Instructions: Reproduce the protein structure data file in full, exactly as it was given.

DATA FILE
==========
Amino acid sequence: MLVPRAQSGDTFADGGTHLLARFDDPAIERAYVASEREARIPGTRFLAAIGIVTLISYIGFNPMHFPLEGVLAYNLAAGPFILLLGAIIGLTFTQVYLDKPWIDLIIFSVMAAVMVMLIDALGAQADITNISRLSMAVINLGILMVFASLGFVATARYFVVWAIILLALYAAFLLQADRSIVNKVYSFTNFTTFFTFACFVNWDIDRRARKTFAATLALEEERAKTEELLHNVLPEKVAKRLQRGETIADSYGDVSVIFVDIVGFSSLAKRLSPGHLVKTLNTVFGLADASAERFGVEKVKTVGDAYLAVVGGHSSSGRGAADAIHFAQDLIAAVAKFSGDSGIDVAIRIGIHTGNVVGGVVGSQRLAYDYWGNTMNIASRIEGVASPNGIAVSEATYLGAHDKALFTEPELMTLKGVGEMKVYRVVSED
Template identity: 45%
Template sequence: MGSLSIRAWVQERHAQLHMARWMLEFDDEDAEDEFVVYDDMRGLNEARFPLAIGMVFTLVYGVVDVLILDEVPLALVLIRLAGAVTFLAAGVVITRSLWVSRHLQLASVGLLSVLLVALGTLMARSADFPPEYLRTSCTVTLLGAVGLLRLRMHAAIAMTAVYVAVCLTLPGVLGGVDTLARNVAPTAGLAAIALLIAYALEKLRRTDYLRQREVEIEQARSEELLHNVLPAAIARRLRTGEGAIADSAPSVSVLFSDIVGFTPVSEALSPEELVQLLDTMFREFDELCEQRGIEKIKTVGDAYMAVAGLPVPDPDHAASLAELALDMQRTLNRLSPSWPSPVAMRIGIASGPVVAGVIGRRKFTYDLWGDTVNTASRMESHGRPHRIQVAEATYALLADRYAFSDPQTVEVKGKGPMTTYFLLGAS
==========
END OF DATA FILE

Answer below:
Amino acid sequence: MLVPRAQSGDTFADGGTHLLARFDDPAIERAYVASEREARIPGTRFLAAIGIVTLISYIGFNPMHFPLEGVLAYNLAAGPFILLLGAIIGLTFTQVYLDKPWIDLIIFSVMAAVMVMLIDALGAQADITNISRLSMAVINLGILMVFASLGFVATARYFVVWAIILLALYAAFLLQADRSIVNKVYSFTNFTTFFTFACFVNWDIDRRARKTFAATLALEEERAKTEELLHNVLPEKVAKRLQRGETIADSYGDVSVIFVDIVGFSSLAKRLSPGHLVKTLNTVFGLADASAERFGVEKVKTVGDAYLAVVGGHSSSGRGAADAIHFAQDLIAAVAKFSGDSGIDVAIRIGIHTGNVVGGVVGSQRLAYDYWGNTMNIASRIEGVASPNGIAVSEATYLGAHDKALFTEPELMTLKGVGEMKVYRVVSED
Template identity: 45%
Template sequence: MGSLSIRAWVQERHAQLHMARWMLEFDDEDAEDEFVVYDDMRGLNEARFPLAIGMVFTLVYGVVDVLILDEVPLALVLIRLAGAVTFLAAGVVITRSLWVSRHLQLASVGLLSVLLVALGTLMARSADFPPEYLRTSCTVTLLGAVGLLRLRMHAAIAMTAVYVAVCLTLPGVLGGVDTLARNVAPTAGLAAIALLIAYALEKLRRTDYLRQREVEIEQARSEELLHNVLPAAIARRLRTGEGAIADSAPSVSVLFSDIVGFTPVSEALSPEELVQLLDTMFREFDELCEQRGIEKIKTVGDAYMAVAGLPVPDPDHAASLAELALDMQRTLNRLSPSWPSPVAMRIGIASGPVVAGVIGRRKFTYDLWGDTVNTASRMESHGRPHRIQVAEATYALLADRYAFSDPQTVEVKGKGPMTTYFLLGAS